Can CNN Stand Alone Without Time Warner?

Despite constant criticism from the president-elect, the news network has been raking in profits

President-elect Donald Trump’s campaign-trail bashing of AT&T’s proposed $85 billion acquisition of Time Warner and his persistent targeting of CNN has led some to speculate that the news network may be jettisoned in order to preserve the mega-merger.

While it’s certainly possible that AT&T could spin off or sell CNN, CEO Randall Stephenson has repeatedly underlined how much he values the news network. (On Thursday, Stephenson met with the president-elect in New York, though AT&T issued a statement claiming that the proposed merger wasn’t even discussed.)

Even if CNN were to be cut loose — leaving AT&T with assets such as the Warner Bros. studio and cable networks such as HBO and TNT — the network is more than equipped to thrive on its own.

Since Jeff Zucker took over as president of CNN Worldwide in 2013, the news network has turned into a cash cow. It probably wouldn’t have a tough time at all operating on its own or finding a willing buyer, an analyst who covers the company but was not allowed to speak on the record told TheWrap.

“It’s a successful network so I doubt they’d have trouble finding a buyer amongst network operators,” the analyst said.

According to data corroborated with a source close to the network, CNN’s digital arm alone made about $300 million in revenue and $150 million in profit in 2016. The source said the company’s TV business has long helped finance the digital side, so its profits are almost certainly even bigger than that.

For the nine months ended September 30 — the most recent period for which financial data is available — Time Warner’s Turner networks, which includes CNN, TNT, TBS, the Cartoon Network and others, brought in $8.5 billion in revenue and $3.6 billion in adjusted operating income, a close proxy for profit.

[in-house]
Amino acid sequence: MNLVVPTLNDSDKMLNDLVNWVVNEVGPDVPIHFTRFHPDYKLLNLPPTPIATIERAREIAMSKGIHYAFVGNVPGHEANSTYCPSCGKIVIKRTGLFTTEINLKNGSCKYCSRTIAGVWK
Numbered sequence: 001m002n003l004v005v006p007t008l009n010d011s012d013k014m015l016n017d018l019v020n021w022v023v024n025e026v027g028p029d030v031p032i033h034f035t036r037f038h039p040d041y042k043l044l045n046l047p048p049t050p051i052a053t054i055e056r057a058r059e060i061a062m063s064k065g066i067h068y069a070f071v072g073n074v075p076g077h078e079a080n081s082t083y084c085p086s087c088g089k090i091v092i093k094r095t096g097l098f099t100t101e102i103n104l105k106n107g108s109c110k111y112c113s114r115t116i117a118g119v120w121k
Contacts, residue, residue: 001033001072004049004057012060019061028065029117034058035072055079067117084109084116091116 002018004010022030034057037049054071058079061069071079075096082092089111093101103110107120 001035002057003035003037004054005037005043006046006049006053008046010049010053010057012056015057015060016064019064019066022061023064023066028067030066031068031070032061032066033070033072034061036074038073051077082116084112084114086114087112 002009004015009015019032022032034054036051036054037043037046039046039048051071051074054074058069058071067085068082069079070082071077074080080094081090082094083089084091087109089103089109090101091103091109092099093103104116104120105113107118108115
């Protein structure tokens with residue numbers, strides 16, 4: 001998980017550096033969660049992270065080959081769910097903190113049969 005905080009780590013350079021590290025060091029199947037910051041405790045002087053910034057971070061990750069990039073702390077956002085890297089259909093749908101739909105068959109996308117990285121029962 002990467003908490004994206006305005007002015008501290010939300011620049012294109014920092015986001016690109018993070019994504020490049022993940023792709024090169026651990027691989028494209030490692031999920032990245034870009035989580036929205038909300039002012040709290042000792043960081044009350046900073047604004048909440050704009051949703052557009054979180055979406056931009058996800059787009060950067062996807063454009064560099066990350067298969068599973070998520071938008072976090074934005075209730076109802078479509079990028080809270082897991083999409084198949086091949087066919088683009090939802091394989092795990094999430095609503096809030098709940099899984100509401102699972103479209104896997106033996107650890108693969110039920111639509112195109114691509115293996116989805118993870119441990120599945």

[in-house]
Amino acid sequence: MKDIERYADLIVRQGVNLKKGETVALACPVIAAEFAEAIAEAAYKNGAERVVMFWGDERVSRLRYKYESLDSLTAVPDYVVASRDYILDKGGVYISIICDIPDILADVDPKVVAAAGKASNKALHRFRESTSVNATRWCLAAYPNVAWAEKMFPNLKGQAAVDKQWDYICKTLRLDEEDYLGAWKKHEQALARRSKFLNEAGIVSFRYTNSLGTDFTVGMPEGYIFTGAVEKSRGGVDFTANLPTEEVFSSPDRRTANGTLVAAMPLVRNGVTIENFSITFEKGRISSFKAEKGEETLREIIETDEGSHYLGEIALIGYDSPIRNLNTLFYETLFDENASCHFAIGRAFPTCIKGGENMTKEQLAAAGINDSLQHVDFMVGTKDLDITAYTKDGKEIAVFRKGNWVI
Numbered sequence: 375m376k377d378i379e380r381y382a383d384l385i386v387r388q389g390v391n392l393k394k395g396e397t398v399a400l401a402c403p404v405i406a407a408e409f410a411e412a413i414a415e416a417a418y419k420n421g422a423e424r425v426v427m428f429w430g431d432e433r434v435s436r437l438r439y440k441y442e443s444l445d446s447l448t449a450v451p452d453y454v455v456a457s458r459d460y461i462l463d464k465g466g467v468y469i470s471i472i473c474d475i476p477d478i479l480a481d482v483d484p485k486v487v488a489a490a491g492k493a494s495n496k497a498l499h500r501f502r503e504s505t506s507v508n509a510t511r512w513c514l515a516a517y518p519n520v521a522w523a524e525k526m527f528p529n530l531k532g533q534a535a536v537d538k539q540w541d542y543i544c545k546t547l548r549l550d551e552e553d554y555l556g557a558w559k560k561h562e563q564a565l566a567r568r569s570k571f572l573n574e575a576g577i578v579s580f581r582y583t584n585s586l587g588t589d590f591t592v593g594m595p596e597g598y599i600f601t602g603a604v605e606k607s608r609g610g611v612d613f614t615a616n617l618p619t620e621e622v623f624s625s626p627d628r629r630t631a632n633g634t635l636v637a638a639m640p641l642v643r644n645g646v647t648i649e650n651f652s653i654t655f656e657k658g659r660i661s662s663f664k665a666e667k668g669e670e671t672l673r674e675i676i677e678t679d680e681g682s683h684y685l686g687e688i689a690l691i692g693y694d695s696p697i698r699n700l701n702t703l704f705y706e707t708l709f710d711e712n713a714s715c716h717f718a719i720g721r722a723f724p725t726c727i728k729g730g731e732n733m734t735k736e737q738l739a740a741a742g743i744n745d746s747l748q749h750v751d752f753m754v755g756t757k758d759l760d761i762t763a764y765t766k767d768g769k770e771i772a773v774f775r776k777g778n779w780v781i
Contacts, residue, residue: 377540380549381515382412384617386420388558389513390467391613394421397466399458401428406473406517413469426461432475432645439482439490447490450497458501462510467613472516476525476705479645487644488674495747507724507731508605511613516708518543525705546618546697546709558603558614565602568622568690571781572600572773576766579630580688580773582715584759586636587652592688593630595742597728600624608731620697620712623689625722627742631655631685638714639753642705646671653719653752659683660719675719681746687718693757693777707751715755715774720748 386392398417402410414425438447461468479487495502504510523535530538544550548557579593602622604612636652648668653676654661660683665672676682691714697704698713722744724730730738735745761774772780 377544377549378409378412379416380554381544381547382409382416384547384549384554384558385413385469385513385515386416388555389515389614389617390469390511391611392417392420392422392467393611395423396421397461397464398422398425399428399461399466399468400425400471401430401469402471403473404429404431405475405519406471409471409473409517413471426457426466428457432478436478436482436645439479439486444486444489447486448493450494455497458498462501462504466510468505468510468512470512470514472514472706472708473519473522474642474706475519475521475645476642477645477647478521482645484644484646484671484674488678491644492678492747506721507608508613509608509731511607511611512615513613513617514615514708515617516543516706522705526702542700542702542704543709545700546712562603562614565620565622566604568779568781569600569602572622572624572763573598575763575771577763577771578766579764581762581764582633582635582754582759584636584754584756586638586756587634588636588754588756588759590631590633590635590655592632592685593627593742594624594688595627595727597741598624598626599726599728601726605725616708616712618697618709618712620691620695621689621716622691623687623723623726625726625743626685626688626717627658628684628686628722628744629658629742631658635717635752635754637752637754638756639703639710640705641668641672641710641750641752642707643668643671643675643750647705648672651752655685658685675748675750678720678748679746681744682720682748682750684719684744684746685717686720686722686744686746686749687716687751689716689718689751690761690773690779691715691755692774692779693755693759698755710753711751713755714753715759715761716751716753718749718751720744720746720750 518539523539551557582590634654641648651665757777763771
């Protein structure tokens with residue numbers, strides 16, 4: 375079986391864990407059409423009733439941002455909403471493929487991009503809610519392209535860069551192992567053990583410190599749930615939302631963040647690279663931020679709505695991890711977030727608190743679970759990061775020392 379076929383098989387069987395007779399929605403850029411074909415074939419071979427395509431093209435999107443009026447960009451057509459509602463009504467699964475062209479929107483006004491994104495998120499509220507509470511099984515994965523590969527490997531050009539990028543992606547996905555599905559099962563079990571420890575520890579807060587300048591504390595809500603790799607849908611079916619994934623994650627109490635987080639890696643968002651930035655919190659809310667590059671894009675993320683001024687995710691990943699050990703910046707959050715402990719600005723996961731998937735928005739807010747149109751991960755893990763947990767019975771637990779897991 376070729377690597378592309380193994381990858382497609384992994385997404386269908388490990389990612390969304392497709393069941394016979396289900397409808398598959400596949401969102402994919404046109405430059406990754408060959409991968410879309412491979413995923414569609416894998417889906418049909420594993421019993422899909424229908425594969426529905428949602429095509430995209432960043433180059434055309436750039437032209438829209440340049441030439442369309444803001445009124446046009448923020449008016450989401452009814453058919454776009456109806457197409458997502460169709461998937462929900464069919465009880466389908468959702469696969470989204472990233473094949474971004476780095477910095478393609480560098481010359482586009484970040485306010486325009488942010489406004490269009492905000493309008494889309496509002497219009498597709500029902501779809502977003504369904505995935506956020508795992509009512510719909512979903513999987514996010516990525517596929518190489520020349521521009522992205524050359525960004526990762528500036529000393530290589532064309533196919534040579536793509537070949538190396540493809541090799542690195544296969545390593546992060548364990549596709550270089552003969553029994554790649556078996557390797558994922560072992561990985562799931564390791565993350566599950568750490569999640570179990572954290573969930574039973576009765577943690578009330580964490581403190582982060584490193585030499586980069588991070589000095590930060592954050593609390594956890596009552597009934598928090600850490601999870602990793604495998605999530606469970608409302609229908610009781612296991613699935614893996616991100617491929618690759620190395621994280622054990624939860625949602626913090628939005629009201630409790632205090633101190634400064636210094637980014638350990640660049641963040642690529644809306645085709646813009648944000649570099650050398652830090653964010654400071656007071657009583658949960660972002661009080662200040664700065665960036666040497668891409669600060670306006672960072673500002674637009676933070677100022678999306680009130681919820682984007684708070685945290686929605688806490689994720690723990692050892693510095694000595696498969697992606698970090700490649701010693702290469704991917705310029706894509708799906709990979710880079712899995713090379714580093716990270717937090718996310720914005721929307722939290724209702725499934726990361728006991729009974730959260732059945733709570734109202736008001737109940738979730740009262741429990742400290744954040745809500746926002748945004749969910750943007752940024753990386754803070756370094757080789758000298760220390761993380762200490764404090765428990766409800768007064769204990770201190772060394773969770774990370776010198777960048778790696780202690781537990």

All of Time Warner earned $5.8 billion in adjusted operating income, meaning the Turner networks made up the lion’s share of the conglomerate’s profit. Neither the company nor analysts provided a breakdown of income from individual networks like CNN, but the source said CNN does not free-ride on Turner’s infrastructure, paying for all of its employees and production costs.

And while the 2016 election certainly boosted revenues as advertisers flocked to cable news — a fact repeatedly acknowledged in Time Warner’s earnings calls — the source said the network has been profitable since Zucker took over four years ago.

AT&T is certainly interested in distributing Time Warner’s entertainment content, from HBO shows to Turner’s NBA basketball games, over its expansive network, but CNN is hardly an afterthought. AT&T’s DirecTV Now streaming service, launched late last year, is offering more than 100 channels for $35, and favorable relationships with — or outright ownership of — popular networks makes it easier to provide attractive streaming bundles at a compelling price.

It’s hard to imagine Stephenson killing the merger rather than letting go of CNN if that was to become a huge roadblock, but the news network is hardly an afterthought, especially as AT&T looks to lure people to its wireless network and streaming service with premium content.

However, Trump has signaled numerous times that — unlike many Republican politicians — he’s not inclined to rubber-stamp mergers to please Wall Street. During an October campaign speech, Trump said, “As an example of the power structure I’m fighting, AT&T is buying Time Warner and thus CNN, a deal we will not approve in my administration because it’s too much concentration of power in the hands of too few.”

The president-elect has not publicly commented on the proposed merger since winning the election, but Bloomberg reported last week that Trump remains opposed to the deal, believing that “would concentrate too much power in the media industry.”

Trump has not exercised much restraint in sounding off on CNN, refusing to call on network reporter Jim Acosta during a Wednesday news conference and blasting the organization as “fake news.”

He followed the criticism on Thursday with a tweet suggesting that the network is “tanking” in the ratings and its “credibility will soon be gone!”

Ultimately, millions of people still watch CNN, advertisers love it and it’s a valuable property to control to as video distribution outlets continues to proliferate.

AT&T would like hold on to the profitable punching bag, but that might require a little finessing. Or in other words, the art of the deal.

Brian Flood contributed reporting to this article.